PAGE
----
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Is it better to generate rules or trees?

Ian WItten introduces this week's first Big Question

We haven’t talked much about rules.

We’ve spent a lot of time generating decision trees from datasets – the data mining method you’ve encountered most frequently so far is J48, which generates trees. In fact, the only rules we’ve met are the trivial ones created by the ZeroR and OneR baseline methods.

Are rules the same as trees? In one sense they are: given a tree it’s easy to read off a set of rules that makes the same decisions. However, things are not quite so obvious as they appear on the surface. Rule sets are different from trees.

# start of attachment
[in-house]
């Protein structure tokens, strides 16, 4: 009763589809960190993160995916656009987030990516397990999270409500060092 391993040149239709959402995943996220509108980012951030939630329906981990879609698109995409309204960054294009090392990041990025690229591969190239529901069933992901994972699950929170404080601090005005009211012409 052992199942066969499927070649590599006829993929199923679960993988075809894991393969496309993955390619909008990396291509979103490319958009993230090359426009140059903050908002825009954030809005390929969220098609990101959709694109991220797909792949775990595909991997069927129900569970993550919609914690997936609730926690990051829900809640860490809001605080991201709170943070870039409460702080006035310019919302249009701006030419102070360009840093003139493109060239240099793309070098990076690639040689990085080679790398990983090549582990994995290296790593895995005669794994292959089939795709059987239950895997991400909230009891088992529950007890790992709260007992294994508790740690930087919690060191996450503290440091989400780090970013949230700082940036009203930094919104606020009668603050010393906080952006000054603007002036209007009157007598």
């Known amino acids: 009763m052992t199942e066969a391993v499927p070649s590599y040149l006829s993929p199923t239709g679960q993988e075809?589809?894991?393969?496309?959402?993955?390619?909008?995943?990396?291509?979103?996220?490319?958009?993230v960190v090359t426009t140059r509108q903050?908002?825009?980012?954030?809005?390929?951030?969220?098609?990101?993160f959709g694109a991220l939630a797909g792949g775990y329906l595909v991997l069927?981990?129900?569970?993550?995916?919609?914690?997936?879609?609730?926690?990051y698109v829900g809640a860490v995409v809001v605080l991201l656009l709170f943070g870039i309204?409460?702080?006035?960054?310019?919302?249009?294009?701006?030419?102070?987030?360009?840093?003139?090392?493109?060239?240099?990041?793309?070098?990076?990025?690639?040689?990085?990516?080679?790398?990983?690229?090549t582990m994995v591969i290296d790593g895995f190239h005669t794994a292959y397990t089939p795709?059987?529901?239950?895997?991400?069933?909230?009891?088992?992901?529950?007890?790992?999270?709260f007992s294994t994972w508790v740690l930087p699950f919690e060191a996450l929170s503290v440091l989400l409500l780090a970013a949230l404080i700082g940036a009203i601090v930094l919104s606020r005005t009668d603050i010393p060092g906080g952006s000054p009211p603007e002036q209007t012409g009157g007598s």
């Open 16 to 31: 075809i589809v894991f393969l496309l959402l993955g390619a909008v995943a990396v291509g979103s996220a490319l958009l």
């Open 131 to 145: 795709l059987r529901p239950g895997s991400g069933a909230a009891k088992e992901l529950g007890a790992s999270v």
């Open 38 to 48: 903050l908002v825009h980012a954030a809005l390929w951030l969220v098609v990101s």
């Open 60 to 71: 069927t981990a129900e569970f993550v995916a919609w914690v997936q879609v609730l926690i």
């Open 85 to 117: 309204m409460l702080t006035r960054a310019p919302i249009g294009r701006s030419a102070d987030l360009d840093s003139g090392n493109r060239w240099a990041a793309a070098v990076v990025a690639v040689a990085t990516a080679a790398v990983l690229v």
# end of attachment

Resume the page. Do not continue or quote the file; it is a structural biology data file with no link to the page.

For one thing, they tend to be easier for people to comprehend. This is because each rule has the appearance of being a standalone nugget of knowledge, whereas interpreting bits of a tree depends on what has gone on above. But appearances are deceptive!

Another difference is that rule sets are often far more compact than trees (although the reverse can be true as well). And new methods are required to generate compact rule sets.

At the end of this week you will be able to explain important differences between rules and trees as knowledge representation methods. You’ll know how to read off an equivalent set of rules from a decision tree, and explain why this rule set may well be excessively redundant. And you’ll be able to use two state-of-the-art rule-generating methods in Weka, and explain – at a high level – how they work.

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